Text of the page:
releases relay 7C0. Relay 7S does not operate in response to the appearance of low resistance ground on lead F because it operates slowly relative to relay 7SM.
Relay'7SM1 operated, at its back contact 7SM1(10), maintains the G- lead 7090 isolated from the E lead of cable 6070. Relay 7SM1 operated, at its transfer contact 7SM1(8), transfers the operating path of relay 7SM to the holding tact 7SC(1). Relay 7SM1 operated, at its back contact 7SM1(11), releases relay 7TFS.
Relay 7TFS released, at its back Contact 7TFS(6), connects the S2 lead of cable 6070 over the winding of relay 7SC and operated make contact 7SM(10) to the S lead of cable 7080. Relay 7C0 released, at its transfer contacts 7C0(1) and 7C0(3), reconnects leads T2 and R2 of cable 6070 to leads T and R of cable 7080. Relay 7C0 released opens resistance bridge 7SS across the T andl R leads of cable 7080. The release of contact 7TFS(12) prevents resistance bridge 7TF from being reinserted across leads T and R of cable 7011 by the rebusy,
path prepared through the operated con- 11 lease of contact 7C0(11). The intergroup trunk finder 1100 and associated intergroup selector 1200 at the far end of cable 7011 are thereby released. The incoming selector S at the far end of cable 7080 is held by the bridge provided by the register sender across the T2 and R2 leads of cable 6070. The H, TN, and .U digits outpulsed by the register sender then re-operate the incoming first selector 800`and the appropriate one of the connectors 804, 804', 805, 805'.
B. ATTENDANT INTERGROUP SELECTOR 1200 (FIG. 12)
It will be recalled from the description of the block diagram that when the intergroup trunk finder 1100, at the end of cable 1112 remote from the attendant intergroup selector, finds the intergroup transfer trunk 700 marked on the terminal bank of the trunk finder 1100, a path is completed from cable 1112, the wiper and found bank terminal of trunk finder 1100,. cable 7011 to the intergroup transfer trunk 700. Resistance bridge 7TF in the intergroup transfer trunk is connected between the T and R leads of cable '7011 and this resistance bridge operates relay 12A (FIG. l2) in the attendant intergroup selector 1200. Relay 12A operated, at its make contact 12A(2), completes an operating ground made available over back contact 12D(2) to operate slow release relay 12B. Relay 12B operated, at its make contact 12B(4), grounds the S lead of cable 1112 to hold the associated trunk .finder 1100 andthe intergroup transfer trunk 700. Relay 12B operated, at its transfer contacts 12B(2), prepares an operating path for relay 12C and opens the operating path for release magnet 12RL.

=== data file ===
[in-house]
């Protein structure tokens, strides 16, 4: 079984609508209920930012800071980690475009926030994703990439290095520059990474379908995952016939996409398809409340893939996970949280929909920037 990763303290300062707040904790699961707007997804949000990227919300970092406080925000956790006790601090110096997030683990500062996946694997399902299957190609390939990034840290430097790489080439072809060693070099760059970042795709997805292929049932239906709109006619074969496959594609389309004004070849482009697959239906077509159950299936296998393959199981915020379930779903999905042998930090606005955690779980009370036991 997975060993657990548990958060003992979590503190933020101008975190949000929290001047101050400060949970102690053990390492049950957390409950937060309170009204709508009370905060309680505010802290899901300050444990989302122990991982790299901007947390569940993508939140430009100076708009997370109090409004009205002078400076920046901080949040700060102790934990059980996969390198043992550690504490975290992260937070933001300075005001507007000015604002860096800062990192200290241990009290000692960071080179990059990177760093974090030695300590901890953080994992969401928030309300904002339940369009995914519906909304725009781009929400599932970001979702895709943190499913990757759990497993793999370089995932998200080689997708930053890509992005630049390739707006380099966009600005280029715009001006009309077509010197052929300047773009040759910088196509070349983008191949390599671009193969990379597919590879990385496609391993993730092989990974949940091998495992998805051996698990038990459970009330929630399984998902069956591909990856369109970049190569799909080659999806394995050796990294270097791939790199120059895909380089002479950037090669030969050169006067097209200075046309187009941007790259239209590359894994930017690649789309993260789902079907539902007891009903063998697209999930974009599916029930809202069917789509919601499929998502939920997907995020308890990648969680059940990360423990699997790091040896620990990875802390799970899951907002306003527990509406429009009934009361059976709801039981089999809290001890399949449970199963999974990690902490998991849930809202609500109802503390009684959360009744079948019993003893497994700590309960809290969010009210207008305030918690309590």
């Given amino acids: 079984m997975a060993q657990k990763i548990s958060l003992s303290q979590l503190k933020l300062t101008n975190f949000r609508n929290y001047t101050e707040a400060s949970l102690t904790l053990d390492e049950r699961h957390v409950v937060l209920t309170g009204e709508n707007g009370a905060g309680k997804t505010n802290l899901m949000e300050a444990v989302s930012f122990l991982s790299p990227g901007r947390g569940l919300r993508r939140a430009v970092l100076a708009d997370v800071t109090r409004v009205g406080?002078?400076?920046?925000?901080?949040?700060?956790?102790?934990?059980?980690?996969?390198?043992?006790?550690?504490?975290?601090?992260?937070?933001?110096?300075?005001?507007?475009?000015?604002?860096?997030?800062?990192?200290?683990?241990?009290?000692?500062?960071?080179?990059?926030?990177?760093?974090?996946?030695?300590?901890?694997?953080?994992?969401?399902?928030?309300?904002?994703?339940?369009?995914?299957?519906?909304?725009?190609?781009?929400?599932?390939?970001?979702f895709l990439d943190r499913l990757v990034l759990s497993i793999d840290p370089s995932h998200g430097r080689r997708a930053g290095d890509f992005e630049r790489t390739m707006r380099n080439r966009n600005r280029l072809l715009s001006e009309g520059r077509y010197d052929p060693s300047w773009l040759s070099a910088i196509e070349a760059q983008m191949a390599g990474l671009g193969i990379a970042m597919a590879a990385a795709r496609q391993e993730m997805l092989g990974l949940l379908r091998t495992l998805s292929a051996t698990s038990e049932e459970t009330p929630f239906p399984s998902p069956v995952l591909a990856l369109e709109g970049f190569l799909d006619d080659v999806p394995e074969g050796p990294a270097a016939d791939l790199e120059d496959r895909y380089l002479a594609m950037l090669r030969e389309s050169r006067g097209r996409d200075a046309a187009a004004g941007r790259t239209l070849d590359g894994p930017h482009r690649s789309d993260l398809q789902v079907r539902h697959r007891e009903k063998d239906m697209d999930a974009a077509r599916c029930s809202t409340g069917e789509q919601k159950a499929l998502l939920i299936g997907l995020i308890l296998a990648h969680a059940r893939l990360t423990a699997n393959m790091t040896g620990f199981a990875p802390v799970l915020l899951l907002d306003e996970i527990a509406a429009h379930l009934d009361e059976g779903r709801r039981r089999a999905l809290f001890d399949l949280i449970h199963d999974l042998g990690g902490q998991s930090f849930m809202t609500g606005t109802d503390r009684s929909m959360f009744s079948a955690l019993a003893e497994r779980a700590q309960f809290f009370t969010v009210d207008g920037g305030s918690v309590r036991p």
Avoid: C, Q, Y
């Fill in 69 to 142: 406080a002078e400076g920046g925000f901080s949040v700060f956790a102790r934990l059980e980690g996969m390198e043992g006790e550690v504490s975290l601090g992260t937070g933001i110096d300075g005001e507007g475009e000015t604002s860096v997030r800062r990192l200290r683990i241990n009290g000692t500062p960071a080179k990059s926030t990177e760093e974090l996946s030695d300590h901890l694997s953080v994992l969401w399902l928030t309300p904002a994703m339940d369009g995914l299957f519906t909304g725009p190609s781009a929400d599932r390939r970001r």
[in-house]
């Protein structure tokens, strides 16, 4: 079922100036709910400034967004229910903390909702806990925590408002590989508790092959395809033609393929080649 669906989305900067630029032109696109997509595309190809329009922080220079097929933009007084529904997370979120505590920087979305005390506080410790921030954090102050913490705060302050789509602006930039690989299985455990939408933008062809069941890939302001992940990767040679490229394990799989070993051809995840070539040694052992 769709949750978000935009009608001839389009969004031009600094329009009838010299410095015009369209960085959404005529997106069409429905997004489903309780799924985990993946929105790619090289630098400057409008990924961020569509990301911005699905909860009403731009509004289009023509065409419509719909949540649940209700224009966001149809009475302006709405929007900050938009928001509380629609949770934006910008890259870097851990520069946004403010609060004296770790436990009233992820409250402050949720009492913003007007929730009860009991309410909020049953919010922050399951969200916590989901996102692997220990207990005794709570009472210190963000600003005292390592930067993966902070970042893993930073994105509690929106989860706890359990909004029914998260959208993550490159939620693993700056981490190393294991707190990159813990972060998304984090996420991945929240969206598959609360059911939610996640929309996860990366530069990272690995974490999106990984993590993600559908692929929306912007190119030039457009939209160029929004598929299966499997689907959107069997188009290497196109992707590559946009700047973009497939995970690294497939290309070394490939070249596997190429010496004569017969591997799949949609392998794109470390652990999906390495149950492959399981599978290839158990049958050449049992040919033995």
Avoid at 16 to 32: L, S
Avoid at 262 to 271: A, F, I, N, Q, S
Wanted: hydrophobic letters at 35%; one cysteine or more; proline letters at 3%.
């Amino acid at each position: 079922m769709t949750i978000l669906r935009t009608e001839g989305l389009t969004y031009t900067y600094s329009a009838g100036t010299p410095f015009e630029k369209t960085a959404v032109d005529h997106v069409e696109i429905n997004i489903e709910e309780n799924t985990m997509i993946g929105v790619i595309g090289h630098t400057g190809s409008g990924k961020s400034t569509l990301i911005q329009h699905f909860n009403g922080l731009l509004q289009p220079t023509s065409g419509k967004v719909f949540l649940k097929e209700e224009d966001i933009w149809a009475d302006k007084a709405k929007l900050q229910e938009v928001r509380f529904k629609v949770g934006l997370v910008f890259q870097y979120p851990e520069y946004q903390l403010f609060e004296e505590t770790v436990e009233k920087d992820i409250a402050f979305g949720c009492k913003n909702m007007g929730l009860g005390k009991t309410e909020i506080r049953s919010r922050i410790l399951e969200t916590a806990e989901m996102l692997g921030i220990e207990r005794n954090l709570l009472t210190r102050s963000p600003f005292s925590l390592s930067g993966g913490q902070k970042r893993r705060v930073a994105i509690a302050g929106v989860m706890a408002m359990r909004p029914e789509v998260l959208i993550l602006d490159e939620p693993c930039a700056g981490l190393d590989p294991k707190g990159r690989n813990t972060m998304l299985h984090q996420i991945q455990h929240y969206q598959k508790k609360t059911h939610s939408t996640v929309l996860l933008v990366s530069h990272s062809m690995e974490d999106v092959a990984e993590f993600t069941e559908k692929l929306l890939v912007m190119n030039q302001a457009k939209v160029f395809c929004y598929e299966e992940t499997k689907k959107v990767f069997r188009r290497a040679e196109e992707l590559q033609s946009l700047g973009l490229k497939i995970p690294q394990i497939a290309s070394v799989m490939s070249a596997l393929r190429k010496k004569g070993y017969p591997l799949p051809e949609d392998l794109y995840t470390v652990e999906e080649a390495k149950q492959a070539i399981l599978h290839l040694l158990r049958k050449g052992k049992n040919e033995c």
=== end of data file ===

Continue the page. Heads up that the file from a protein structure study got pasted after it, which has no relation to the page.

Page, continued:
When a register sender 82 (FIG. 4) is connected to the loop circuit 25, the 7TF resistance bridge is removed from the T and R leads of cable 7011 and relay 12A is maintained operated by the pulsing contacts of the sender. As the sender outpulses, the pulsing contacts open and close. Relay 12A follows the interruptions of the pulsing contacts. On the irst release of relay 12A, relay 12C and the vertical magnet 12VERT are operated. The operating path may be traced from ground, back contact 12D(2), the back contact of transfer contacts 12A(2), yand the make contact of transfer contacts 12B(2) to the serially connected windings 12B and 12VERT. The vertical magnet IZVERT follows the operations of relay 12A and steps the selector wipers 12W to the level dictated by the number of times relay 12A is released.
Relay 12A releases and re-operates in step with the number of register sender pulses transmitted to represent the TH digit of the desired extension.
Relay 12C operated, at its make contact of transfer contacts 12C(3), completes an operating ground made available over make contact 12B(4) to the winding of relay 12F which operates. On the first vertical step of the shaft (not shown) which drives wipers 12W, vertical olf-normal springs 12VON operate preparing operating paths to the release magnet 12RL and relay 12E, respectively. Relays 12B and 12C are slow in releasing and hold during pulsing. Relay 12F is slow in releasing so that at the make contact of its transfer contacts 121:(6)